Belgium's Golden Generation is full of familiar faces, but after they took their time to click into gear against Panama, can Tunisia take encouragement heading into their second Group G clash?
How can Tunisia neutralise Belgium's strengths?
Against Panama, Eden Hazard peeled to the wide left at times. Regularly, he took up a wide-left position, picked up the ball and drive inward - demonstrating superb dribbling ability - to set up a teammate.
He just needs a moment to produce something brilliant, and can find good space between the lines. The Chelsea man needs to be marked tightly and put under pressure early to deny him time and pace.
Tunisia need to be physical and aggressive against him, and prevent him from getting time on the ball early on and settling into the contest.
Romelu Lukaku didn't have the best of games against Panama but still scored twice. With the composure he demonstrated against Panama, he can be a match-winner.
He has pace, strength and power, and can be a real handful. It's imperative that Tunisia match him physically, otherwise he will bully them.
Kevin De Bruyne's excellent cross for the second goal against Panama showcased his excellent technical ability, and obviously he can get on the ball and make something happen.
His passing range is extraordinary and can open up defences, and Tunisia cannot let him get on the ball with time and space otherwise he will start to dictate the play.
The Tunisian full-backs should also remain narrow, and ideally receive protection from the widemen, in order to negate the threat of Thomas Meunier and Yannick Ferreira Carrasco.
The Carthage Eagles must also be wary of Belgium overloading the central areas, with both wide centre-backs - Jan Vertonghen and Toby Alderweireld - joining in the play.
How can Tunisia exploit Belgium's weaknesses?
Notably, Belgium play with a high line and dominate the ball, but that does leave space in behind.
Particularly when Veronghen and Alderweireld join in the play and drive forward, Belgium can expose themselves to the counter and they can potentially be outnumbered on a turnover in transition.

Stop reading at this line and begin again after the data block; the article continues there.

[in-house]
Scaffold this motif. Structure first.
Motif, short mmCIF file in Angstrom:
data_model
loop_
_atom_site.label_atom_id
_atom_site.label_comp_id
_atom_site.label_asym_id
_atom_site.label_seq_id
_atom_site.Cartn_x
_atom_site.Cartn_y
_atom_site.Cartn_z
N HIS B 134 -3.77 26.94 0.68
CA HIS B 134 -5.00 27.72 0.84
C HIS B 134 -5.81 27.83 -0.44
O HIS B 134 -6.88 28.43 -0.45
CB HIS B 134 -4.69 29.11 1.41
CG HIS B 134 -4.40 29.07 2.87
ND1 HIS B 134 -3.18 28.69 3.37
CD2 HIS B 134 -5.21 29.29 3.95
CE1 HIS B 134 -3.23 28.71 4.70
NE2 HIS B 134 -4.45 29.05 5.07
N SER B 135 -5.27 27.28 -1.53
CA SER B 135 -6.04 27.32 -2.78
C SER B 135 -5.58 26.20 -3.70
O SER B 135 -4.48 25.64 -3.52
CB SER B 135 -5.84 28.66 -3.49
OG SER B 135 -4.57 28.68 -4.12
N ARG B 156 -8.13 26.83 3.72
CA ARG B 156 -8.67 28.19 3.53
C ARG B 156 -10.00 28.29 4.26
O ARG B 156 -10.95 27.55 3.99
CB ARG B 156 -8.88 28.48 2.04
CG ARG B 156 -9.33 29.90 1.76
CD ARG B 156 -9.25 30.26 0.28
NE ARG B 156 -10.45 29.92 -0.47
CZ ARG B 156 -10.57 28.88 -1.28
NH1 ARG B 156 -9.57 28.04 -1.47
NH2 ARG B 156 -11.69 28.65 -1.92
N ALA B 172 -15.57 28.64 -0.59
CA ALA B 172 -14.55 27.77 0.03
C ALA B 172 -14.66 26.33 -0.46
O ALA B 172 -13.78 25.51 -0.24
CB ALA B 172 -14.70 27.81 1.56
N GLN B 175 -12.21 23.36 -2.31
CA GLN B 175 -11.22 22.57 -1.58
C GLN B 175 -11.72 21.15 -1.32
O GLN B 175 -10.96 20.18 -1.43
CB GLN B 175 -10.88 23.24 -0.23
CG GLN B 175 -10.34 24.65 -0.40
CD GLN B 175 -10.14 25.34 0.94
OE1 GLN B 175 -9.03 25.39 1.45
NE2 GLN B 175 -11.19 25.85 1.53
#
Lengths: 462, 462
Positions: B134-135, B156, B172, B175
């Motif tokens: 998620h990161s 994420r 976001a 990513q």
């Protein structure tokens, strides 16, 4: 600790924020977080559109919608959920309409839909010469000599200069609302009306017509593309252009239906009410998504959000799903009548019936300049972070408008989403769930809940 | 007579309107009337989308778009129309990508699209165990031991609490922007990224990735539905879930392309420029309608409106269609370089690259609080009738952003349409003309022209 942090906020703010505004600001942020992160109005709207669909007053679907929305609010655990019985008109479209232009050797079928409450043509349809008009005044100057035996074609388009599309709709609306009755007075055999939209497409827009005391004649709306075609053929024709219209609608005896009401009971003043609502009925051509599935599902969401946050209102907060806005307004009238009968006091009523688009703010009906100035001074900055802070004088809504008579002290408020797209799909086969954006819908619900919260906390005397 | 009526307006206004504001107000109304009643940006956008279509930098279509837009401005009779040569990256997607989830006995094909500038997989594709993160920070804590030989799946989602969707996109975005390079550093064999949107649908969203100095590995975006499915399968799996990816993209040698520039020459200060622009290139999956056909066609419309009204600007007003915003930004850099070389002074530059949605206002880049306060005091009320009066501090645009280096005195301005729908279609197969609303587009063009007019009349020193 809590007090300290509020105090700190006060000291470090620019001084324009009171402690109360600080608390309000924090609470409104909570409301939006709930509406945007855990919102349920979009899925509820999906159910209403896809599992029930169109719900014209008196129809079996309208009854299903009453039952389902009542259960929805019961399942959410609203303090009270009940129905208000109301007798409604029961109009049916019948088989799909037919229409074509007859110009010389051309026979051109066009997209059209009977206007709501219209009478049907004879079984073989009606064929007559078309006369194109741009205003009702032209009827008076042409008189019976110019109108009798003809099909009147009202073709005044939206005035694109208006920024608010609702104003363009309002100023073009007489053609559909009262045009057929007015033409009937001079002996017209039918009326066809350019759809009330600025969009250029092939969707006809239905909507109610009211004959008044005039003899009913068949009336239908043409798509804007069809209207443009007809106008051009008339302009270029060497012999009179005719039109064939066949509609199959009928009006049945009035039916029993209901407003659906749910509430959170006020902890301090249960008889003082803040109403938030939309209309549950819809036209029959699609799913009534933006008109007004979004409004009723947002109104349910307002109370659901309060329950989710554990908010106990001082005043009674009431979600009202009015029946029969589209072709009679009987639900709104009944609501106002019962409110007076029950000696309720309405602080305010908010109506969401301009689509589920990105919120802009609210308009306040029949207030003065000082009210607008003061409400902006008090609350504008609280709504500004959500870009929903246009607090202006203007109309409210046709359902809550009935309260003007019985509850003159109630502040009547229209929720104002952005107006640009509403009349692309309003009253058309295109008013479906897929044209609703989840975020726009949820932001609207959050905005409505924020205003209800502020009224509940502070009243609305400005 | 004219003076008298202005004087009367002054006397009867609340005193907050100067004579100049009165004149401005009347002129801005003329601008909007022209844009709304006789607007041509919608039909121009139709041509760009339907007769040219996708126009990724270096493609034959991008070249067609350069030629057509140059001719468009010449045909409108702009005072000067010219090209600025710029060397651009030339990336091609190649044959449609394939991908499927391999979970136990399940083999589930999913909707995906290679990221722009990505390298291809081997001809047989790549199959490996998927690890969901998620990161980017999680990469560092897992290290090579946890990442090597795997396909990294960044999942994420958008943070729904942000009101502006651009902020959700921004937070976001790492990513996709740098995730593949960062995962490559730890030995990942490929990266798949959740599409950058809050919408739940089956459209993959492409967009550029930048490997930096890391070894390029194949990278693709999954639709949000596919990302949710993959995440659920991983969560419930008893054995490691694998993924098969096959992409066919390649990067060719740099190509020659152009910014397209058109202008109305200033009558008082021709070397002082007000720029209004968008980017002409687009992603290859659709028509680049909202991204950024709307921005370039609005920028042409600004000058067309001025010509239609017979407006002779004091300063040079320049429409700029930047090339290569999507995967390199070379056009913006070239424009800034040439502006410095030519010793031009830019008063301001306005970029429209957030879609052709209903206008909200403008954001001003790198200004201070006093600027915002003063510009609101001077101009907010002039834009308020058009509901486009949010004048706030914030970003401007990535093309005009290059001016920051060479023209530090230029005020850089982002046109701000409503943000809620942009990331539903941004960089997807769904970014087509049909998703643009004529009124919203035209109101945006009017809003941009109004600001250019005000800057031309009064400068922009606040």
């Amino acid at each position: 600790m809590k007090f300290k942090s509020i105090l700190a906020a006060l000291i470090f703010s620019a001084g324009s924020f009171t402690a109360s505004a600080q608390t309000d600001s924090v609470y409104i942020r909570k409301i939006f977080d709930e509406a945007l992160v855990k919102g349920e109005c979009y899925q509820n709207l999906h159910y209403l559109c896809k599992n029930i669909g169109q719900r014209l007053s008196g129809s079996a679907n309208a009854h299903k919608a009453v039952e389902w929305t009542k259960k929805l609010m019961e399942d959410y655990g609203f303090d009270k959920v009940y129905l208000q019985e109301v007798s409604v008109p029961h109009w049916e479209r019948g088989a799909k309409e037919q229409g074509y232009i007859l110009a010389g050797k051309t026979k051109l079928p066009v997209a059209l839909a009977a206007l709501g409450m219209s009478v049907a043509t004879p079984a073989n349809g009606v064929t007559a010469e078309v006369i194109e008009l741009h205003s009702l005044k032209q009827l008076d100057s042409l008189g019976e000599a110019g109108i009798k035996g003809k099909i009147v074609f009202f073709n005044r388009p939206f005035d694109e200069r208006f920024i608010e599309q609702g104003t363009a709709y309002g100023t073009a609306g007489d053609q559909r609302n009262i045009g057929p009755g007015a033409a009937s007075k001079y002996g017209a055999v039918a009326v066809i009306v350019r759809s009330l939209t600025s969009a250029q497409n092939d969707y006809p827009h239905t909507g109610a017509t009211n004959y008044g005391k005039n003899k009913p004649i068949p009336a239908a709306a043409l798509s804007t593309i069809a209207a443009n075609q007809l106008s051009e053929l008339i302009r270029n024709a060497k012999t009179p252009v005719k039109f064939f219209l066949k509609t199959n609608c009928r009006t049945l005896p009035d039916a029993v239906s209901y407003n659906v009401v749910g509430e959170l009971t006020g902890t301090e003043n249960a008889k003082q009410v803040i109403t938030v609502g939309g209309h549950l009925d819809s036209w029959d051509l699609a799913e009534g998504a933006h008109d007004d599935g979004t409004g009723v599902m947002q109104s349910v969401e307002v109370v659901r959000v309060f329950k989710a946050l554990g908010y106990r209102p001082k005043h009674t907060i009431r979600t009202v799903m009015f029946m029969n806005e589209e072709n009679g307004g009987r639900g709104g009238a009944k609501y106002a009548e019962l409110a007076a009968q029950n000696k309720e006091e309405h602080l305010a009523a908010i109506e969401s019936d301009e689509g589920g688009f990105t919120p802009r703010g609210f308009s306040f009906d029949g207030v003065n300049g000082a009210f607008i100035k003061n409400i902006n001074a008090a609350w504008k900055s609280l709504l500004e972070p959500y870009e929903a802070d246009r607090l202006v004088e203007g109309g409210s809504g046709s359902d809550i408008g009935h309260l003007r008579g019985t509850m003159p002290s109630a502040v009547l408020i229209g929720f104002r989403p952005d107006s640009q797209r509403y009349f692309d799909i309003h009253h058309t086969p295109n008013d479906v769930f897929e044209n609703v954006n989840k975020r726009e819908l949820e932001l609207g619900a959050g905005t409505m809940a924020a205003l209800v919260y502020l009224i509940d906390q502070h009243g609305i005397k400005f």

Generally, Belgium lacked real energy, intensity and tempo in and out of possession against Panama, and never really clicked until the opening goal.
It was all a bit frustrating for them.
On 54 minutes, for example, Belgium slowed down completely - there was no pressure on the ball out of possession, and Panama
At other times, Belgium struggled to play with a good tempo in possession, and their back three opted to play sideways rather than drive forward.
This should encourage Tunisia's forwards to take risks, press intensely, and aim to exploit any lapses among the back three.
There's no doubt that his Belgium side boast many talented individuals, but as they demonstrated against Panama - before Dries Mertens' moment of excellence - they can get frustrated.
Belgium certainly didn't convince as a team and could have done much better, they dominated the ball as Panama sat deep.
Tunisia must get in and amongst Belgium early on, particularly to prevent Eden Hazard and Kevin De Bruyne from settling on the ball.
Romelu Lukaku must be matched physically, while the full-backs need to stay deep - ideally with some protection - to guard against Belgium's widemen.
After that, the Eagles would do well to pressure the Red Devils' backline, as there will be some mistakes and they must be on hand to capitalise on any errors.